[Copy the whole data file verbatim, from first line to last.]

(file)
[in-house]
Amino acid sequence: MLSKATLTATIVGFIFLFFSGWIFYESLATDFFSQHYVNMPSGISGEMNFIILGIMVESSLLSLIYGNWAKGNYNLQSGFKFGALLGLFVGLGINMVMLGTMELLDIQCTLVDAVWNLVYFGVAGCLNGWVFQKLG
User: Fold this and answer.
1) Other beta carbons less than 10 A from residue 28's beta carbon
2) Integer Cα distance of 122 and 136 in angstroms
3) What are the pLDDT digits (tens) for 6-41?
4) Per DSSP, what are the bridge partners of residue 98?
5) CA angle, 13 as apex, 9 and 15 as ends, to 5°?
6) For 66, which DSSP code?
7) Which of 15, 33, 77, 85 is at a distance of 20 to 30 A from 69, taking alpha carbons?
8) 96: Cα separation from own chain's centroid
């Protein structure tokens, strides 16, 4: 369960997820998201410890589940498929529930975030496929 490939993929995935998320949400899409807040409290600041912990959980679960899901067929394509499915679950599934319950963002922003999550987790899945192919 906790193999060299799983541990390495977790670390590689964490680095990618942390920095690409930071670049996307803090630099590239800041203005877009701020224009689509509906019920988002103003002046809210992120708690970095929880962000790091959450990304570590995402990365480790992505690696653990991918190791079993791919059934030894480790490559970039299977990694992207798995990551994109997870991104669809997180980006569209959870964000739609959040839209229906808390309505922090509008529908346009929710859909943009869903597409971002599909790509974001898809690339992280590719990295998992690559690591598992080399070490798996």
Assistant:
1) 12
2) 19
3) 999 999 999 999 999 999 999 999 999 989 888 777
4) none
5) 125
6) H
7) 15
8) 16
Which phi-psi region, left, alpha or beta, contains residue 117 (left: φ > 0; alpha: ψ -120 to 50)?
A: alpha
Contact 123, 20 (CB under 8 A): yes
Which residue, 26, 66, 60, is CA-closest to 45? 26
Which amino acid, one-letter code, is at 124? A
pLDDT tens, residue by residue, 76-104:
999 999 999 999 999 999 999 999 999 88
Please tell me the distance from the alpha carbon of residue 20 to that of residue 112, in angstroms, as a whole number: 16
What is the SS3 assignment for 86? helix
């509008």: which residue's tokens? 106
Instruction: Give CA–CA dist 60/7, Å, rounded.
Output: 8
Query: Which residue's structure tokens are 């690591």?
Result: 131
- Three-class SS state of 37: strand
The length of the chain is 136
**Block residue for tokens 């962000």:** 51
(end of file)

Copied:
[in-house]
Amino acid sequence: MLSKATLTATIVGFIFLFFSGWIFYESLATDFFSQHYVNMPSGISGEMNFIILGIMVESSLLSLIYGNWAKGNYNLQSGFKFGALLGLFVGLGINMVMLGTMELLDIQCTLVDAVWNLVYFGVAGCLNGWVFQKLG
User: Fold this and answer.
1) Other beta carbons less than 10 A from residue 28's beta carbon
2) Integer Cα distance of 122 and 136 in angstroms
3) What are the pLDDT digits (tens) for 6-41?
4) Per DSSP, what are the bridge partners of residue 98?
5) CA angle, 13 as apex, 9 and 15 as ends, to 5°?
6) For 66, which DSSP code?
7) Which of 15, 33, 77, 85 is at a distance of 20 to 30 A from 69, taking alpha carbons?
8) 96: Cα separation from own chain's centroid
């Protein structure tokens, strides 16, 4: 369960997820998201410890589940498929529930975030496929 490939993929995935998320949400899409807040409290600041912990959980679960899901067929394509499915679950599934319950963002922003999550987790899945192919 906790193999060299799983541990390495977790670390590689964490680095990618942390920095690409930071670049996307803090630099590239800041203005877009701020224009689509509906019920988002103003002046809210992120708690970095929880962000790091959450990304570590995402990365480790992505690696653990991918190791079993791919059934030894480790490559970039299977990694992207798995990551994109997870991104669809997180980006569209959870964000739609959040839209229906808390309505922090509008529908346009929710859909943009869903597409971002599909790509974001898809690339992280590719990295998992690559690591598992080399070490798996």
Assistant:
1) 12
2) 19
3) 999 999 999 999 999 999 999 999 999 989 888 777
4) none
5) 125
6) H
7) 15
8) 16
Which phi-psi region, left, alpha or beta, contains residue 117 (left: φ > 0; alpha: ψ -120 to 50)?
A: alpha
Contact 123, 20 (CB under 8 A): yes
Which residue, 26, 66, 60, is CA-closest to 45? 26
Which amino acid, one-letter code, is at 124? A
pLDDT tens, residue by residue, 76-104:
999 999 999 999 999 999 999 999 999 88
Please tell me the distance from the alpha carbon of residue 20 to that of residue 112, in angstroms, as a whole number: 16
What is the SS3 assignment for 86? helix
């509008």: which residue's tokens? 106
Instruction: Give CA–CA dist 60/7, Å, rounded.
Output: 8
Query: Which residue's structure tokens are 């690591």?
Result: 131
- Three-class SS state of 37: strand
The length of the chain is 136
**Block residue for tokens 């962000």:** 51